On May 18, 2009, when Sri Lankan public TV stations were covering the breaking news that the army had found the dead body of Velupillai Prabhakaran – the leader of the Liberation Tigers of Tamil Ealam (LTTE), many observers struggled to reconcile with the footage of the corpse. VP, as Prabhakaran was known, almost always appeared in the media as a stout man with a revolver in his belt, standing or seated next to a red-and-yellow LTTE flag. Now his lifeless body with a visible bullet spot validated that the previous unconfirmed reports of his escape to India or Malaysia were only speculations. In fact, he was killed along with his family members and top leadership of the movement near or at Karayanmullivaikal, an area not far from VP’s headquarter in Puthukkudiyiruppu village. The next day, on May 19, 2009, Sri Lankan president Mahinda Rajapaksa delivered a ‘victory’ speech, in which he declared: “We have liberated the whole country from LTTE terrorism”. On that same day, Salvarasa Pathmanathan, one of the very few senior Tiger leaders left, sent an email to the Associated Press (AP) stating: “This battle has reached its bitter end. It is our people who are dying now from bombs, shells, illness and hunger. We cannot permit anymore harm to befall them. We remain with one last choice to remove the last weak excuse of the enemy for killing our people. We have decided to silence our guns.” This dramatic expiration of LTTE, particularly the annihilation of almost the entire leadership of the Tigers remains unprecedented in the contemporary global history of counterinsurgency. Not surprisingly, debates have surfaced over the ruthless nature of military campaign against the Tigers; questions are being raised regarding the exceptionality of Sri Lankan counterinsurgency model, and pundits are divided on the applicability of such model in other parts of the world.
Background of the conflict
Although the ethnic issue has dominated the discourse on Sri Lankan conflict, the root causes of Tamil-Sinhalese rivalries are much more complex than it commonly appears. The construction of mythical history by opposing communities, about 450 years of colonial experience, the divisive nature of post-colonial politics and, above all, unequal distribution of power and resources are some of the major issues that significantly contributed in shaping Sri Lanka’s conflict. The country has 19.2 million inhabitants, covers an area of 65,610Km. According to the last complete census carried out in 1981, before full-scale civil war, 74 percent Sri Lankans are ethnically Sinhalese who are overwhelmingly Buddhists and speak Sinhala language. The Tamils, who are mostly Hindu and speak Tamil language, are the largest minority (18.2 percent). Other minorities include Sri Lankan Moors (7 per cent), Burghers (0.3 per cent), and Malays (0.3 per cent).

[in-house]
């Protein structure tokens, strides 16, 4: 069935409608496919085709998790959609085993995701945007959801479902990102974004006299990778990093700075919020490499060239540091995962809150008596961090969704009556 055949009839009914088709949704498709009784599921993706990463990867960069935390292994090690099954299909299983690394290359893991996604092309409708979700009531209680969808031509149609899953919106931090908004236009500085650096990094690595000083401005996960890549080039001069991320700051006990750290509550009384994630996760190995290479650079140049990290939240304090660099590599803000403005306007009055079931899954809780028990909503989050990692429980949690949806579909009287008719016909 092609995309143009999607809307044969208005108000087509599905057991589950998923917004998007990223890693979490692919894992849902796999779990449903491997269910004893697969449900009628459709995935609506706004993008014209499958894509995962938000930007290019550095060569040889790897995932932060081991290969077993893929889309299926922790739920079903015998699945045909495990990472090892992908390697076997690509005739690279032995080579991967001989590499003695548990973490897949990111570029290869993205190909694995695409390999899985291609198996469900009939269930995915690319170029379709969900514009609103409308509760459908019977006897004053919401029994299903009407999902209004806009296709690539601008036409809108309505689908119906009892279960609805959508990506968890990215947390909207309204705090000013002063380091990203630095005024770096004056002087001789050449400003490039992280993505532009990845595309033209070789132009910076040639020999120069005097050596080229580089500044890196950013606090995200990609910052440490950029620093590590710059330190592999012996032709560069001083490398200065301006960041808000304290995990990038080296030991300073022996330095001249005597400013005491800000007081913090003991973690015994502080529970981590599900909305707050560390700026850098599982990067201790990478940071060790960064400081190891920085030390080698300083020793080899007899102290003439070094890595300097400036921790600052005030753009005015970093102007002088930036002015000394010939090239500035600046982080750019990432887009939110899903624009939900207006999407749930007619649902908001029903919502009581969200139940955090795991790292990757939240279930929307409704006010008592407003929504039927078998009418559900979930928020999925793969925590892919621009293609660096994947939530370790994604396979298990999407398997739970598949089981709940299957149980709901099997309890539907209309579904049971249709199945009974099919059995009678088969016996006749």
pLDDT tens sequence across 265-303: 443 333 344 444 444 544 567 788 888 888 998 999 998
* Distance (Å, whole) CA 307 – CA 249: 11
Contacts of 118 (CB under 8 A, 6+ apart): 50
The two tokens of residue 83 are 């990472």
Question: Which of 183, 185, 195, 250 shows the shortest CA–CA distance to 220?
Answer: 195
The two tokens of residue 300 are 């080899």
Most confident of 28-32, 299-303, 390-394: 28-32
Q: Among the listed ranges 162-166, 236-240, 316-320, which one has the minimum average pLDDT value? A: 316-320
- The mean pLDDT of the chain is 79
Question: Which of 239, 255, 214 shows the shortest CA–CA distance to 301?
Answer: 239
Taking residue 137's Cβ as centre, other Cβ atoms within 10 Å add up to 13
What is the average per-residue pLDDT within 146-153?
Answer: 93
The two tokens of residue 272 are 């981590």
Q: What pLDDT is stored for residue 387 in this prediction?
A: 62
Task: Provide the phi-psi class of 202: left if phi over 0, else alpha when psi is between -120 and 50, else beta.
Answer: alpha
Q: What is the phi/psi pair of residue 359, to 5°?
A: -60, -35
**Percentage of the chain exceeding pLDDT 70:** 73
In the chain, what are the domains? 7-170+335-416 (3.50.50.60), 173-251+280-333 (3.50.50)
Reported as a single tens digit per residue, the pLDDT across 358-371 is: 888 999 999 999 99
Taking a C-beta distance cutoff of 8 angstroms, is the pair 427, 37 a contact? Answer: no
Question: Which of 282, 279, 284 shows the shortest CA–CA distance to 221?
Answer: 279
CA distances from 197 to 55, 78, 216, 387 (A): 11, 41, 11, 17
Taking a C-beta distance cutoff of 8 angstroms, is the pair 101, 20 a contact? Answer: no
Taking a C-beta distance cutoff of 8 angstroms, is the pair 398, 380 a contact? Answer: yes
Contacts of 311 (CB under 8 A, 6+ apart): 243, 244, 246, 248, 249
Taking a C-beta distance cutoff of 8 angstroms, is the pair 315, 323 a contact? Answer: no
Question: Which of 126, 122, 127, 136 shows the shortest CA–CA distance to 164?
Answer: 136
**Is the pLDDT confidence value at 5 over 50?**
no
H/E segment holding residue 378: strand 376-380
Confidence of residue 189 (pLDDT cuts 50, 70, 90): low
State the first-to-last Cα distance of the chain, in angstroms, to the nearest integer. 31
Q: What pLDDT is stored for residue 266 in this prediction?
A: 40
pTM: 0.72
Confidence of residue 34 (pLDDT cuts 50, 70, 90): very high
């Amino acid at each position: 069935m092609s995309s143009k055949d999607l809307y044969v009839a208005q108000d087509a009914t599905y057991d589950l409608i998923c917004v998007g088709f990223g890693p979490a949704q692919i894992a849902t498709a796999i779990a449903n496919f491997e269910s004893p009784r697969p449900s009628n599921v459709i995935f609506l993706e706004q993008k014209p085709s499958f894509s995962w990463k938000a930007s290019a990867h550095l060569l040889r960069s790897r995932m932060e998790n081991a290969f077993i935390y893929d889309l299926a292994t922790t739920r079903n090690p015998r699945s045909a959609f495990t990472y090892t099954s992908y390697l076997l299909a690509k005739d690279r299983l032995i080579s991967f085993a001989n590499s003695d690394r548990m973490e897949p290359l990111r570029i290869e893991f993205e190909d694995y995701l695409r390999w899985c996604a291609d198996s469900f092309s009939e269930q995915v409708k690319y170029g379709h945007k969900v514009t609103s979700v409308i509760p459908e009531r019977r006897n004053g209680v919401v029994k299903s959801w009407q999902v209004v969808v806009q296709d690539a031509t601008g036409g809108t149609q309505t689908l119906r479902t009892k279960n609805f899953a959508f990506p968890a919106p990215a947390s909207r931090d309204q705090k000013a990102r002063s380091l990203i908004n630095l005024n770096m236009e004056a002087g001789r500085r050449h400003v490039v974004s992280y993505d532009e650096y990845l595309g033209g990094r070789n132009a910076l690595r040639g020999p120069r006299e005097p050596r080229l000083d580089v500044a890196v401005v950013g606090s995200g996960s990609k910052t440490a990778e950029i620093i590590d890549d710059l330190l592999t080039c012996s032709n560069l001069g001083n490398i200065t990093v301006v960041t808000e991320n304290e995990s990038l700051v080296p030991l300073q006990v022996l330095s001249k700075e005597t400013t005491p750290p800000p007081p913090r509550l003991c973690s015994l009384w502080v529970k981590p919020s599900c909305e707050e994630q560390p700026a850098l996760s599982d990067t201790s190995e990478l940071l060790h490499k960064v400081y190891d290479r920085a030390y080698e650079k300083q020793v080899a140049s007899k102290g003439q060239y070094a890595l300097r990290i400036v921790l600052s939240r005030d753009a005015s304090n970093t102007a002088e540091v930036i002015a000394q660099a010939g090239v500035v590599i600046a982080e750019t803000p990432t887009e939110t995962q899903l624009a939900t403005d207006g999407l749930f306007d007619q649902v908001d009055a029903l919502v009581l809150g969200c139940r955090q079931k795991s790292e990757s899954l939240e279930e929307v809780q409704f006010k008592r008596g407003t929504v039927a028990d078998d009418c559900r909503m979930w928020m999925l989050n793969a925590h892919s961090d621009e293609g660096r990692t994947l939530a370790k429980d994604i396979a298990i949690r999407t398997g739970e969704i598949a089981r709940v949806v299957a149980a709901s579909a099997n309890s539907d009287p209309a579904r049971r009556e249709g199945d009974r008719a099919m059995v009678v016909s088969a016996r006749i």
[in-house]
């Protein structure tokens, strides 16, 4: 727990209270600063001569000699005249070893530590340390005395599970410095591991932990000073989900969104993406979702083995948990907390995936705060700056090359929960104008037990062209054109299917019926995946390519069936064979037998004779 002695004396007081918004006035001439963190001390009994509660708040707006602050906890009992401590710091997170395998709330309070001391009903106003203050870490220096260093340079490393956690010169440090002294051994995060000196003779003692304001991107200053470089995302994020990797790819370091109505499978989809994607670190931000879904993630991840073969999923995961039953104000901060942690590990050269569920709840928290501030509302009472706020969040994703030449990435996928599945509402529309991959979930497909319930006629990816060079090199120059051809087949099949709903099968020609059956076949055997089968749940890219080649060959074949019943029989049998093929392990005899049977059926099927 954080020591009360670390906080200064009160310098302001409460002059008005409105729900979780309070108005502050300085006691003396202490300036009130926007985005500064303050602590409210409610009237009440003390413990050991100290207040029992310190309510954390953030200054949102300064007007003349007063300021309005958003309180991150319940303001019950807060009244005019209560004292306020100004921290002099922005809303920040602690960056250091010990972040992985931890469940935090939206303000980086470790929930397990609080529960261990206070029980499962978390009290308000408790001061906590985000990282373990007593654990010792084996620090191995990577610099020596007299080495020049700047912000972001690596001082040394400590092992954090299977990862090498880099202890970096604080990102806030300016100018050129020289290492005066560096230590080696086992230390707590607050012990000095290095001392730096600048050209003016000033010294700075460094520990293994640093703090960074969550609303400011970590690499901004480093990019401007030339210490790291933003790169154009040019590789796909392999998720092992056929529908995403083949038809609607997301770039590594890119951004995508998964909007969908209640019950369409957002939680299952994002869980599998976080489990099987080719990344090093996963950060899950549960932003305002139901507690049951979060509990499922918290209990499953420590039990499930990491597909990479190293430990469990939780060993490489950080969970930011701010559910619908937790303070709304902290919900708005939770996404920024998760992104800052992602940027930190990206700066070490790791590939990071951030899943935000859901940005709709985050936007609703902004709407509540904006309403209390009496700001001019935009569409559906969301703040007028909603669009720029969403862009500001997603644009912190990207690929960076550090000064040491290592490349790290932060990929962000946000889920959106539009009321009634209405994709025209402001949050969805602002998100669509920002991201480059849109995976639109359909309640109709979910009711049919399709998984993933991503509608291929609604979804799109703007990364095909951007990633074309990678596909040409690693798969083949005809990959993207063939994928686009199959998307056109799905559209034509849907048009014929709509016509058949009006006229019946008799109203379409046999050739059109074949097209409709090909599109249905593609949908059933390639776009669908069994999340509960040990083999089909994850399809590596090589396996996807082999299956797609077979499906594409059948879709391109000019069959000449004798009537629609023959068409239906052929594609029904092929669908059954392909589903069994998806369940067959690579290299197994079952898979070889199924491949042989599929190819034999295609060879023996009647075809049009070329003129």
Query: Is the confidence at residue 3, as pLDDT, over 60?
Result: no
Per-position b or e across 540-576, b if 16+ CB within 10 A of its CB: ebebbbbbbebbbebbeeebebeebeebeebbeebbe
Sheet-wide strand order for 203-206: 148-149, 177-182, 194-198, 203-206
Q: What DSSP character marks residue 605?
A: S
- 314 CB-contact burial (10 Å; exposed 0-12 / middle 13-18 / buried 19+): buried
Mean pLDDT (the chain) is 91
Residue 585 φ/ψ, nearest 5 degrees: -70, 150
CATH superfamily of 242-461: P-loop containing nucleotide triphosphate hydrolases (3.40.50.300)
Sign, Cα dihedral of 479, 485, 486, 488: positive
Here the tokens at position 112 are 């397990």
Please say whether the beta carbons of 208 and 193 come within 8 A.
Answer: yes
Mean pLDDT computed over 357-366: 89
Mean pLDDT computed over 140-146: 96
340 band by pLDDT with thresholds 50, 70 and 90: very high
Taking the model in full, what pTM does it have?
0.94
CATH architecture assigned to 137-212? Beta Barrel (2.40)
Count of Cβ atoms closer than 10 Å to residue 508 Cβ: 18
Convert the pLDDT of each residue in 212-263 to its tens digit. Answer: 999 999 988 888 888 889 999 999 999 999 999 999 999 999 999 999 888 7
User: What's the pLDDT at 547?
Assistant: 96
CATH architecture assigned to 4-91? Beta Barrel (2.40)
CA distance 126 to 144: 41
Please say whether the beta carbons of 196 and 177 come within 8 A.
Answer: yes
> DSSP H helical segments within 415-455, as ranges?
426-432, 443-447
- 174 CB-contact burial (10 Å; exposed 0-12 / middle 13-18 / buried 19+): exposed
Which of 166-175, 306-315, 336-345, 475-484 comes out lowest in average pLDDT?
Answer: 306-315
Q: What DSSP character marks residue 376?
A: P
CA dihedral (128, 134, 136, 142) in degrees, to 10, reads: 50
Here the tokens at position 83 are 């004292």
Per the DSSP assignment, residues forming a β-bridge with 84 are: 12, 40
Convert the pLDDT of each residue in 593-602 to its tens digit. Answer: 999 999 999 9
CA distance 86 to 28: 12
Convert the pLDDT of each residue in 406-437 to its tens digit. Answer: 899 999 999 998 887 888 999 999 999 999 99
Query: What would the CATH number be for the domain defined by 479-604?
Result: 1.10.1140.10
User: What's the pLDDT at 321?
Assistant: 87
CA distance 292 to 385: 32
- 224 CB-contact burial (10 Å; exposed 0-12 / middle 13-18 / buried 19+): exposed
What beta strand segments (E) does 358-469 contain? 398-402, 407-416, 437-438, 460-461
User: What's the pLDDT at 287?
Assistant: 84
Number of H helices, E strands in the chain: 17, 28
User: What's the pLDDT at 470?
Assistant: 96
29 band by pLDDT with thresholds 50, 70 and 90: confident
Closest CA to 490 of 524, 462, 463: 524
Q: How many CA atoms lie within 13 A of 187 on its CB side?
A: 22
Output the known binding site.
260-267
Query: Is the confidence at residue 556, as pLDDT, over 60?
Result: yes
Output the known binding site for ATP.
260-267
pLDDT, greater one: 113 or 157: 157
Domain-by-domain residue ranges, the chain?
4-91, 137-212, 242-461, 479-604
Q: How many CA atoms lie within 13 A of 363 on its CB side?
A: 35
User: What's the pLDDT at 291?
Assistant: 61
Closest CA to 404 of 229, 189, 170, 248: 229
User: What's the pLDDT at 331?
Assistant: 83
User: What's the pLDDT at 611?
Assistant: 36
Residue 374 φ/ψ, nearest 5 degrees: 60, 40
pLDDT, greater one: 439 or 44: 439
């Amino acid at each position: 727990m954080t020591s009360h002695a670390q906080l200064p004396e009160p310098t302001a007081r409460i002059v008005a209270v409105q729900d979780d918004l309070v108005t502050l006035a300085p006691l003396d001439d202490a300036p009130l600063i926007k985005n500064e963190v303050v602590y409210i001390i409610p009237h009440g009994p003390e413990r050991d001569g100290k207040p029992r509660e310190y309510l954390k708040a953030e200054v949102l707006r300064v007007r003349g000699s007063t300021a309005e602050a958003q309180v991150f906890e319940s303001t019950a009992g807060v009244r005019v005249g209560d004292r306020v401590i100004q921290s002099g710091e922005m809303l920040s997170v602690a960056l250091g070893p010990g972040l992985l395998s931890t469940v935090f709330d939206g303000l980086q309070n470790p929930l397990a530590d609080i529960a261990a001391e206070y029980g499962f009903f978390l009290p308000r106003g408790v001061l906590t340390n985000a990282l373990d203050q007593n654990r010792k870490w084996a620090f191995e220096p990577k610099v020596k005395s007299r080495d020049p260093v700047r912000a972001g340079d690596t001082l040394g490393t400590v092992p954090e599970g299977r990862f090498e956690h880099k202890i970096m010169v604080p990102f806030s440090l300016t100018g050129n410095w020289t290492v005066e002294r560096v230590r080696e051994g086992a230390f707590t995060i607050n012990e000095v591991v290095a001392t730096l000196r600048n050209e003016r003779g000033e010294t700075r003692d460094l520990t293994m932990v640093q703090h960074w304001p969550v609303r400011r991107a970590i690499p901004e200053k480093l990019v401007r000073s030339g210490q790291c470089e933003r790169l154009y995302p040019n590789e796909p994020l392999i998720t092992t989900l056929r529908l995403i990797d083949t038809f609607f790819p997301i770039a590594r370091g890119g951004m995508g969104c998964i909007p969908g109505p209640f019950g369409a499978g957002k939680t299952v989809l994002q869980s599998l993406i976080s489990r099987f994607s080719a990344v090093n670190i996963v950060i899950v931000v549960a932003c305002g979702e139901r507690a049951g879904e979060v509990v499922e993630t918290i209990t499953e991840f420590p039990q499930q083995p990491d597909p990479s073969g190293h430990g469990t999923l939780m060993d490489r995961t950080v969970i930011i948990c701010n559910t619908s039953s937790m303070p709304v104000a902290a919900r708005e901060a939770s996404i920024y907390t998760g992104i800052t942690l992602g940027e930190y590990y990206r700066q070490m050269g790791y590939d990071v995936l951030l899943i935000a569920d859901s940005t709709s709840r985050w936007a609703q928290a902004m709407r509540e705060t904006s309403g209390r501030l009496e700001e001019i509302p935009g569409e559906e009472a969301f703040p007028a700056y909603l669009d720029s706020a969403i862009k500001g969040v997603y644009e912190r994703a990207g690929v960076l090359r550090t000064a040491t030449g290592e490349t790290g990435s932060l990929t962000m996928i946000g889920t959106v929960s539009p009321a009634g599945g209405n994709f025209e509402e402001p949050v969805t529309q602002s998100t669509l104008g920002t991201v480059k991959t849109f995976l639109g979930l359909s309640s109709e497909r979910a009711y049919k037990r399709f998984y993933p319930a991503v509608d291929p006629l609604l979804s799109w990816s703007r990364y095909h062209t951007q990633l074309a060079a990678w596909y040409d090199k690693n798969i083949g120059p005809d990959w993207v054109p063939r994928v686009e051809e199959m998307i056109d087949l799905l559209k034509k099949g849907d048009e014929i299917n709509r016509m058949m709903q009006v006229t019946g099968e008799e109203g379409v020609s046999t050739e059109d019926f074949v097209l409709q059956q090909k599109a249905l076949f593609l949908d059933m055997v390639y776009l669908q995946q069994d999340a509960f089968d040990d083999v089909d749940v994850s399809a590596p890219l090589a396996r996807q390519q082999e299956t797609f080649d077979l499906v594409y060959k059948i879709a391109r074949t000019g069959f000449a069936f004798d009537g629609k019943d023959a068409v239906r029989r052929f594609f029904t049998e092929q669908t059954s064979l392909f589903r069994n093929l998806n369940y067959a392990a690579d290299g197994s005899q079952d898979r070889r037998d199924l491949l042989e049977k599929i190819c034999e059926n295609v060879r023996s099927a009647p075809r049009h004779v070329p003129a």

The grand historical narrative of the Sinhalese typically begins with the arrival of the Indo-Aryans in the sixth century B.C.E. The Sinhalese national epic Mahavamsa (The Great Genealogy) describes how Buddhist religion came into Ceylon (until 1972, Sri Lanka was known as Ceylon) and how Buddhism was protected and promoted by different Sinhalese kingdoms as part of their national identity. Sinhalese are profoundly influenced by Theravada Buddhism (also dominant in Myanmar and Thailand) which is regarded as doctrinally conservative. Their language, Sinhala, is Indo-Aryan by origin but practiced only in Sri Lanka. Nevertheless, the patent disparities between ‘Kandyan’ (central highland) and ‘low country’ (coastal) Sinhalese substantiate the argument that Sinhalese are not a monolithic community. The kingdom of Kandy remained independent until 1818 which in turn enabled the Kandyans to preserve Sinhala culture and sustain traditional Buddhist education. Kandyan repudiated working for the foreigners and when the British captured the kingdom, English language hardly made inroads into the population. In this central highland, the Goyigama (cultivator/land owner) caste was at the top of the social hierarchy. On the other hand, inhabitants of the plains and the coast were deeply influenced by European rule and their missionary activities. New social hierarchies emerged as a result of the initiation of cash economy and modern bureaucracy; class became the new dominant force in place of the existing caste system. Therefore, by moving up in the social hierarchy, castes like Karava (the fishing caste, also referred to as Karaivar and Karaiyar) and Salagama (cinnamon peelers) began to challenge the hegemonic Goyigama caste. Despite these historical inner fissures within the community, however, the grand narratives and mythologies of ethnicity, language and religion have played critical role in shaping a ‘unified’ Sinhalese identity. Remarkably, regardless of being the majority in Sri Lanka, the Sinhalese consider themselves as ‘distinct minority in a sea of Dravidian Hindu Tamils’.